Using thread as her drawn line, Paula Kovarik connects the elements of her work with pathways that meander, while leading the viewer on a journey that begs for a closer look – not just a cursory glance.
Many art quilters began with traditional quilt making. Was that your path?
My mother started quilting in her 70s and told me I would probably enjoy it. I really didn’t think so, but tried it nonetheless. She was right (of course). I’ve never been one to follow rules, and so I have always pushed against the quilt police aspect of this art form. That allows me to look at the process as an artist rather than a quilter.
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What is the most significant thing you learned from running your own graphic design business?
My firm specialized in communications for large corporate groups. We spent a lot of time educating employees of those clients through our work. The most important aspect of my work as a graphic designer was the ability to synthesize what the client needed with a graphic way to present it. Listening and reading were key. I still use that process in my artwork.
Tell us about your transition from graphic design to creating with thread and fabric. What inspired you to go in that direction, and why does it hold your interest?
After selling my design business, I was intent on starting a new career as an artist. I have always loved creating tactile objects. Give me a plastic straw and I will fiddle with it until it becomes a sculpture. Fabric and thread are so versatile, from the patterns and colors they bring to the work to the many ways of stitching with them, I could spend many lifetimes experimenting with those qualities.
What kinds of things catch your imagination and inspire you to create? Where do your ideas come from?
I read a lot—novels, news, billboards, whatever has words on it. I also take notice of details around me. The ant trails in sidewalks, the mold growth on outdoor planters, the root systems of weeds, children’s drawings – the inspirations are endless.
I recently read a quote that said “look for the uncanny in life” – those instances when unlikely coincidences happen or things that seem to be there but not there. Dreams will do that, and so will nature and conversations. Like when you read a word not normally in your vocabulary and someone says it on the same day. Or when you think of a person you haven’t spoken to for a long time and they call you 20 minutes later. Those are some of the qualities I am pursuing in my art.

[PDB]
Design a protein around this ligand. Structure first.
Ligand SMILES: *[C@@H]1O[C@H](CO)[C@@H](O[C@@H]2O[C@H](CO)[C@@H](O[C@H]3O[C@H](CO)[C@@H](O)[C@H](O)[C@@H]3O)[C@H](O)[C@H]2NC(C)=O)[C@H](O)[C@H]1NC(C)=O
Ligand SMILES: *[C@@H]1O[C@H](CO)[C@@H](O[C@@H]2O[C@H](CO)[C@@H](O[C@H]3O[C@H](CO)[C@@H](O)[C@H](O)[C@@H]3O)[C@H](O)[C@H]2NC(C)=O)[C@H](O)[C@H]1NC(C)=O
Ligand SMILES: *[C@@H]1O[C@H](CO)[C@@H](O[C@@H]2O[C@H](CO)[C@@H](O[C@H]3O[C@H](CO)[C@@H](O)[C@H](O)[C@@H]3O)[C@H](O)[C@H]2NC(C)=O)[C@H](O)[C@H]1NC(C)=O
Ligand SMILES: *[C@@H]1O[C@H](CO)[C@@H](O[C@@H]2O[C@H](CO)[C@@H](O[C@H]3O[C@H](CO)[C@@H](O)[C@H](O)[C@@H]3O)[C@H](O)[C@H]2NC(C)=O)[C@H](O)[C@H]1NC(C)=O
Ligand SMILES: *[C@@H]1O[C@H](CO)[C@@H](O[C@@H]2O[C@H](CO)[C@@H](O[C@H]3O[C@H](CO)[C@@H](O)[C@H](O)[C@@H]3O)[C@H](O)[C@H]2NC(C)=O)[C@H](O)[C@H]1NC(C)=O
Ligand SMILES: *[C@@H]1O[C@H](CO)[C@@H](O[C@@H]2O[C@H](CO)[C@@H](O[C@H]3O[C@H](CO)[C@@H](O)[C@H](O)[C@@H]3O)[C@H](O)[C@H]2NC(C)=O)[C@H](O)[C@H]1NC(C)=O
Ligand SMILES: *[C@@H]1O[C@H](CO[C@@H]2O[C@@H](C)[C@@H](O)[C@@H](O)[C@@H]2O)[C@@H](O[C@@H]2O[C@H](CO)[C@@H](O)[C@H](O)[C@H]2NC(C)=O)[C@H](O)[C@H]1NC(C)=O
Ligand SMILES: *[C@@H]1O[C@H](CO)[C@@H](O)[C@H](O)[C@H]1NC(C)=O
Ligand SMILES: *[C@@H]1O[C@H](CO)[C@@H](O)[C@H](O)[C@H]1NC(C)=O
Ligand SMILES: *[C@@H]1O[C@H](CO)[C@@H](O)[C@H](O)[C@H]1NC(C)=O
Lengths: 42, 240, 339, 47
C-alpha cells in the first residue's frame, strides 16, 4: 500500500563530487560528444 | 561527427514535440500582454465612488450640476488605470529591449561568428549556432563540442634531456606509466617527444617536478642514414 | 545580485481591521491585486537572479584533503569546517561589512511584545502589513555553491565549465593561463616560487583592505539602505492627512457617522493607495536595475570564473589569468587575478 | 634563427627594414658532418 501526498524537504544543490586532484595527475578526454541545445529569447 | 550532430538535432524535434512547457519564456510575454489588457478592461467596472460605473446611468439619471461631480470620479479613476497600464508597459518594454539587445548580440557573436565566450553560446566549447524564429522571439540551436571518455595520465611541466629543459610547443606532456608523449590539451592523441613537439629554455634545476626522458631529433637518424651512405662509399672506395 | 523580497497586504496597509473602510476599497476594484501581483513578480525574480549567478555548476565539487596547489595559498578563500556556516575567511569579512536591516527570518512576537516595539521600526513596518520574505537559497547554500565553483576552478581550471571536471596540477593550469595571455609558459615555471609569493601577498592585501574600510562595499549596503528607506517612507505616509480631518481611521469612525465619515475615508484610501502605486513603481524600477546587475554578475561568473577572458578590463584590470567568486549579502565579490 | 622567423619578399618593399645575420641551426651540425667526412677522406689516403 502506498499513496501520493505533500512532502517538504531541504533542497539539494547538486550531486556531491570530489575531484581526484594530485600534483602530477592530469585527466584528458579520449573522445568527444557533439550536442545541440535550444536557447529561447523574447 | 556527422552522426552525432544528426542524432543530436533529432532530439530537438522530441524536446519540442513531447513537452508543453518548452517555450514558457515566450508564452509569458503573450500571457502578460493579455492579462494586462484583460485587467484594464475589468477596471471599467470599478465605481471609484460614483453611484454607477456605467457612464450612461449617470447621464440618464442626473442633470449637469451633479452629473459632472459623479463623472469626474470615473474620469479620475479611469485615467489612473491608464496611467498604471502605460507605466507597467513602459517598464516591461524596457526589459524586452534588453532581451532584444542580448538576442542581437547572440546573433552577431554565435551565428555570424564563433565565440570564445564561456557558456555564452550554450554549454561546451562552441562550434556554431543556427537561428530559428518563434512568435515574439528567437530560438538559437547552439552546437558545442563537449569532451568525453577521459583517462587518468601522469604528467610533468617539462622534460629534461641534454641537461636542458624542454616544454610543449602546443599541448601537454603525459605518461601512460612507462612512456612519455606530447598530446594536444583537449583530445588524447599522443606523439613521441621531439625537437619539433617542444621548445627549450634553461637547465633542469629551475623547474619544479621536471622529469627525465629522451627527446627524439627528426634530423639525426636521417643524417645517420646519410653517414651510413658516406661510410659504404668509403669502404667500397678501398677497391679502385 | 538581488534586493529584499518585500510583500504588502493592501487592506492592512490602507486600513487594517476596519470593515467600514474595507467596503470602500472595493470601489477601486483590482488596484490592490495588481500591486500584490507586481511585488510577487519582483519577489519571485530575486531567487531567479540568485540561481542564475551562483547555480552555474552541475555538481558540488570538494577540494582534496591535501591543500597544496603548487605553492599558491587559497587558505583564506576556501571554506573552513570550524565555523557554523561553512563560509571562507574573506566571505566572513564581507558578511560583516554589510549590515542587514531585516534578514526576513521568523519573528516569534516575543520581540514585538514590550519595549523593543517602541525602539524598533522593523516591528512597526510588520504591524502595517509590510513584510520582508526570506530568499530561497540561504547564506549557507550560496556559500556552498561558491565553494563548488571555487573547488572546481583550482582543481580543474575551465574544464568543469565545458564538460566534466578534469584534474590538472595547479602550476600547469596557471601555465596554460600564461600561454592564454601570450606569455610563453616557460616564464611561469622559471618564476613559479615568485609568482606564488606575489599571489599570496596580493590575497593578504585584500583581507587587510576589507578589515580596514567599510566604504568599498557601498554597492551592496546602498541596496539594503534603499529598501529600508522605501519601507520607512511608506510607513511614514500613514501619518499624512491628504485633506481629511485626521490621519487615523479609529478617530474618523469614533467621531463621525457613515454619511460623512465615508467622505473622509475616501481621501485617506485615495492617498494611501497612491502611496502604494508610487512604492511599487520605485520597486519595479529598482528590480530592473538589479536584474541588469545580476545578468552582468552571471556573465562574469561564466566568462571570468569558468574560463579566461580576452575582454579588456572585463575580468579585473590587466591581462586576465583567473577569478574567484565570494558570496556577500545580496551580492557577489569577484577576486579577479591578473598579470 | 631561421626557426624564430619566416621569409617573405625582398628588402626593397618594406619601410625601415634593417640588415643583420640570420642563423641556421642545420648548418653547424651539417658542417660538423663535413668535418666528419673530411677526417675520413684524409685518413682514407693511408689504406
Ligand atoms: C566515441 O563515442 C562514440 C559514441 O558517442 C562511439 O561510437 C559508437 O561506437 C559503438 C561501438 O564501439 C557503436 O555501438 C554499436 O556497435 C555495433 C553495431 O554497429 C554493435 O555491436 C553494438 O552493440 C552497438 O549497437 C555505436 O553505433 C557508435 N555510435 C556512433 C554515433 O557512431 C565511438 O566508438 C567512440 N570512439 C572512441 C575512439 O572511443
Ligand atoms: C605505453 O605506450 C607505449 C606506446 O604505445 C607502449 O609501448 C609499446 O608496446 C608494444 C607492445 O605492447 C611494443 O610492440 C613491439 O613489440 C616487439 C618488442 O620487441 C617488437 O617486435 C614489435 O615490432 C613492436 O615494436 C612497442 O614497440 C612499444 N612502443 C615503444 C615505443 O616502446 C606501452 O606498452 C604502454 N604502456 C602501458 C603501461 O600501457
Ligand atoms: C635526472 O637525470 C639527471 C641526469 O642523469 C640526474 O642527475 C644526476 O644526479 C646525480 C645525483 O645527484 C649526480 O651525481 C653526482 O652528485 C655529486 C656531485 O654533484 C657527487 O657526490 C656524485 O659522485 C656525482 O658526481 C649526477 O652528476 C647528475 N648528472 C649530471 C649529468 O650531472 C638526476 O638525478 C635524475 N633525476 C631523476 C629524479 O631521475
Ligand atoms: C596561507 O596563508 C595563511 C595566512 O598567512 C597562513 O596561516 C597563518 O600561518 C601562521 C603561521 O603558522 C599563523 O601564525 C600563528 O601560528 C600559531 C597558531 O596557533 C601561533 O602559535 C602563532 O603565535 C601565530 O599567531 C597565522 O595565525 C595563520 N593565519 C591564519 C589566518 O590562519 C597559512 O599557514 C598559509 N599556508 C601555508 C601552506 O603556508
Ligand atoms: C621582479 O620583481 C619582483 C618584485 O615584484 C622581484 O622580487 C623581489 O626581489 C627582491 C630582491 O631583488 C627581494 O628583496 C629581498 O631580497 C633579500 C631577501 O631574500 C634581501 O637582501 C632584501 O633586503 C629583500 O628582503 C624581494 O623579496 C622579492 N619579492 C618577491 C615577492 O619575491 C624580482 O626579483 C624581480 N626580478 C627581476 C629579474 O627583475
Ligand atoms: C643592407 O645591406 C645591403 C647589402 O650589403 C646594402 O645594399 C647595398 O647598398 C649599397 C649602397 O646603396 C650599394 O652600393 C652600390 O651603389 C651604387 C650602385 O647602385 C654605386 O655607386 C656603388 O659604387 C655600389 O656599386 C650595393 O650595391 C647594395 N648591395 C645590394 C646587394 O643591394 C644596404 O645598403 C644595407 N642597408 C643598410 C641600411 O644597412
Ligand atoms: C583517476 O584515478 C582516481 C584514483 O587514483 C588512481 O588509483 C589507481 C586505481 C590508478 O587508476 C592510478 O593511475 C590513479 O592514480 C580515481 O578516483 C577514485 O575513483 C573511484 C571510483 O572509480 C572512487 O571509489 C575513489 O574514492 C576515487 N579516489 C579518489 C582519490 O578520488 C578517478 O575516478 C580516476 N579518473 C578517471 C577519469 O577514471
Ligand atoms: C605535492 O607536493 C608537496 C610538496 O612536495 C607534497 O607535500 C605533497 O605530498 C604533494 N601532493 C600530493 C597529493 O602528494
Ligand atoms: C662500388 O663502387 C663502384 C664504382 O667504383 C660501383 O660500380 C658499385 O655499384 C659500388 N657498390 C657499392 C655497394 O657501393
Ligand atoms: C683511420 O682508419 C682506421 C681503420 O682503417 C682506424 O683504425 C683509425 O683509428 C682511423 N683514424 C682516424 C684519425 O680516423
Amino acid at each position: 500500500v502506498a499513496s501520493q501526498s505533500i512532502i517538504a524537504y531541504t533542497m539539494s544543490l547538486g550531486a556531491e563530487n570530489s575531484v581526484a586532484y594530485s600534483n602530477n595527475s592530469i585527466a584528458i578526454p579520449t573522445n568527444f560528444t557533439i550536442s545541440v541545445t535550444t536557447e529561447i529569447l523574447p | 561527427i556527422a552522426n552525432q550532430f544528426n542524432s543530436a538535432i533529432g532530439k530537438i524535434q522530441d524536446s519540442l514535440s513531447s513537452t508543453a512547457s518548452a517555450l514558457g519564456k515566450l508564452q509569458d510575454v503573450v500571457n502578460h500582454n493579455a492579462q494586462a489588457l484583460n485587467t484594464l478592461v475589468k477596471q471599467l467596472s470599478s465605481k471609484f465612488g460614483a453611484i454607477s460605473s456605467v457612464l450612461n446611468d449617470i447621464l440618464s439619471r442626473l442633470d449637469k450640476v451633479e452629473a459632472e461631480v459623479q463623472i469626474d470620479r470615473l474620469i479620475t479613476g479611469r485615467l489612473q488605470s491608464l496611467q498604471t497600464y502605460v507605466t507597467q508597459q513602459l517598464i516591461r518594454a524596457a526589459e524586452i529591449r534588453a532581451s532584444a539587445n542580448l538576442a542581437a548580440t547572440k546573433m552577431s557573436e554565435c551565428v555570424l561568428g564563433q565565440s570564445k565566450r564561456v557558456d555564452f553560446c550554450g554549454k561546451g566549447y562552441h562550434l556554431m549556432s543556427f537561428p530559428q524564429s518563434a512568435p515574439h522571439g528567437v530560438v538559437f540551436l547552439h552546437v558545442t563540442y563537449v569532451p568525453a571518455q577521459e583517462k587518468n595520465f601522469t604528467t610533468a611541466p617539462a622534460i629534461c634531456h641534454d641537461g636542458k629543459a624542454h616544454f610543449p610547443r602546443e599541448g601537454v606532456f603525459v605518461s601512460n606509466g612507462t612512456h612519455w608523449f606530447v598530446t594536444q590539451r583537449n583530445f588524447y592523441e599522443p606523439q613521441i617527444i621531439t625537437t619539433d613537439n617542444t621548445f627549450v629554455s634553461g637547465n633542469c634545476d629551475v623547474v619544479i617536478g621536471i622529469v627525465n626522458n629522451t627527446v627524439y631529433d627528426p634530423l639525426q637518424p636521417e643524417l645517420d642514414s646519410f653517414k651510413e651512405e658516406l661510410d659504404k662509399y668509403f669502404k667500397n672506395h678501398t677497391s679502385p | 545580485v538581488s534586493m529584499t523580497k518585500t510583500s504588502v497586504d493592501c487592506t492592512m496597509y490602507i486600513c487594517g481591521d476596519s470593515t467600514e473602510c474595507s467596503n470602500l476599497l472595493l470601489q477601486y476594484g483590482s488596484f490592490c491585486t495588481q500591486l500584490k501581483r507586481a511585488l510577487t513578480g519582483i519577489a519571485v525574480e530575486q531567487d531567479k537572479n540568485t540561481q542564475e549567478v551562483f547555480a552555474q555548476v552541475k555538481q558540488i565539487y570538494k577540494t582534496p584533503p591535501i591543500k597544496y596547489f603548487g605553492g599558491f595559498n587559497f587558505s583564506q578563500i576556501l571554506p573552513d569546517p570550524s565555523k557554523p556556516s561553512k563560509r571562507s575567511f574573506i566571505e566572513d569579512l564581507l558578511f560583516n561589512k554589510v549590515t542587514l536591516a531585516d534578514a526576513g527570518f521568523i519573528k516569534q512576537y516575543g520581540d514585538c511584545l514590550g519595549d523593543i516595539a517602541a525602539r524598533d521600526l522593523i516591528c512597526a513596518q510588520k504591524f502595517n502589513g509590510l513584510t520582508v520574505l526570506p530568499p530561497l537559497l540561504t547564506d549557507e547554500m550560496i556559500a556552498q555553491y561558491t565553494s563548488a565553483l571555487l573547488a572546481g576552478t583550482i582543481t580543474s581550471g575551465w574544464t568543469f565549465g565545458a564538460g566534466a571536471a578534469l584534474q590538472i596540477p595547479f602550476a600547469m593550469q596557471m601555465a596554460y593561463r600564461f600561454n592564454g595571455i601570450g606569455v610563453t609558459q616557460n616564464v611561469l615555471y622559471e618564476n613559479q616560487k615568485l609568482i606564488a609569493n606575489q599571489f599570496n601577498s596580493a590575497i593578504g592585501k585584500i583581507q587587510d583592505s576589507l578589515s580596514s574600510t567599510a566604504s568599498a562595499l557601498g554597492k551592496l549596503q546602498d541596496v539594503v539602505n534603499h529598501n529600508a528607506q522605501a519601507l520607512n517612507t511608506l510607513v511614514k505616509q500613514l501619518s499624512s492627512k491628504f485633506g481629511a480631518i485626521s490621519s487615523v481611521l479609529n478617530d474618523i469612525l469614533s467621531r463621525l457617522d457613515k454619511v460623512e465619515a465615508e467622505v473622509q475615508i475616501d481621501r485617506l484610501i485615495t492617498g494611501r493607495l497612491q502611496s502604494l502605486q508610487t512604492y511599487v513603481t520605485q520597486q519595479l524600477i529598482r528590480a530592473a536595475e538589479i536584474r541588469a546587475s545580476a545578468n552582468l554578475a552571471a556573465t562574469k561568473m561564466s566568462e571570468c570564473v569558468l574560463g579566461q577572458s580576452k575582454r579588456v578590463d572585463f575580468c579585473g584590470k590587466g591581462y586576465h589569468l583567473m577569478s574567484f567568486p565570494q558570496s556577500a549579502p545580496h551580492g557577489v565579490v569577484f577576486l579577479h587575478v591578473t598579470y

In addition, my work is influenced heavily by current events and history. I recently had a solo show called Stitched Dissent in Memphis that focused on the politics of today represented in the media and within our personal relationships. Here is a journal post about that show.
When you begin to create, do you visualize the finished piece? Or does the work evolve?
Sometimes I have a specific idea or colorway in mind. But usually it is a very abstract notion of what I want to communicate in a piece. It might be as simple as a word that intrigues me or an emotion I am feeling.
Then I start experimenting with raw materials. I may start with a box of scraps, or a piece of fabric that has a stain on it. Lately, I have been cutting up finished quilts to create new ones. That took a leap of faith.
What do you do differently? What is your signature that makes your work stand out as yours?
I’d have to say I am probably best known for my free-motion stitching because I use the thread line to tell stories, create texture and connect diverse elements. I am mesmerized by what the thread wants me to do. It is very near a stream-of-consciousness experience.
The first show you entered was Quilt National, the Holy Grail of art quilting. Did you understand the significance of this show when your work was accepted?
No, I did not. A friend of mine asked me one day what I was going to do with all of the work that was piling up on my studio tables. I did not think I could sell it. There weren’t many that could be used as bed quilts or lap quilts. So she recommended that I enter a show – Quilt National – and I decided to take a chance. I had no idea of its import in my career until the piece showed up on the cover of the catalog. I was thrilled.
How does your studio organization contribute to your work process?
I am a true believer in studios filled to the rim with visual stimuli. I have tables of collections, walls covered in clippings, pictures that inspire me and a design wall that holds finished and unfinished work. Too organized? Then I immediately mess it up.
Do you use a sketchbook or journal? How does that help your work develop?
I don’t keep an active journal, but I have 10 or 15 of them hanging around. Most of my drawings are about thread line experiments. I find that if I draw without expectations of a final result, then there will be many surprises that I can apply to my textile work.
One of my favorite things to do is to draw a continuous line that winds in and out of itself creating a pathway for the eye to follow. I use a pen, not a pencil. Erasers are not allowed. I created the Pathways quilt that way.
I also experiment with different ways to create filler patterns.
Here are some of the posts from my online journal that would give insight into my practice. There are 12 years of posts in that Journal.
- Working (or not working) during Covid-19 pandemic:
- Cutting up finished quilts:
- Inspirations and year-end insights:
Kovarik uses her online journal to document her process, share her ideas and tell the stories behind her quilts. You can subscribe to her journal posts to gain further insight into her work.
Browse through more inspiring art quilts and stories on Create Whimsy.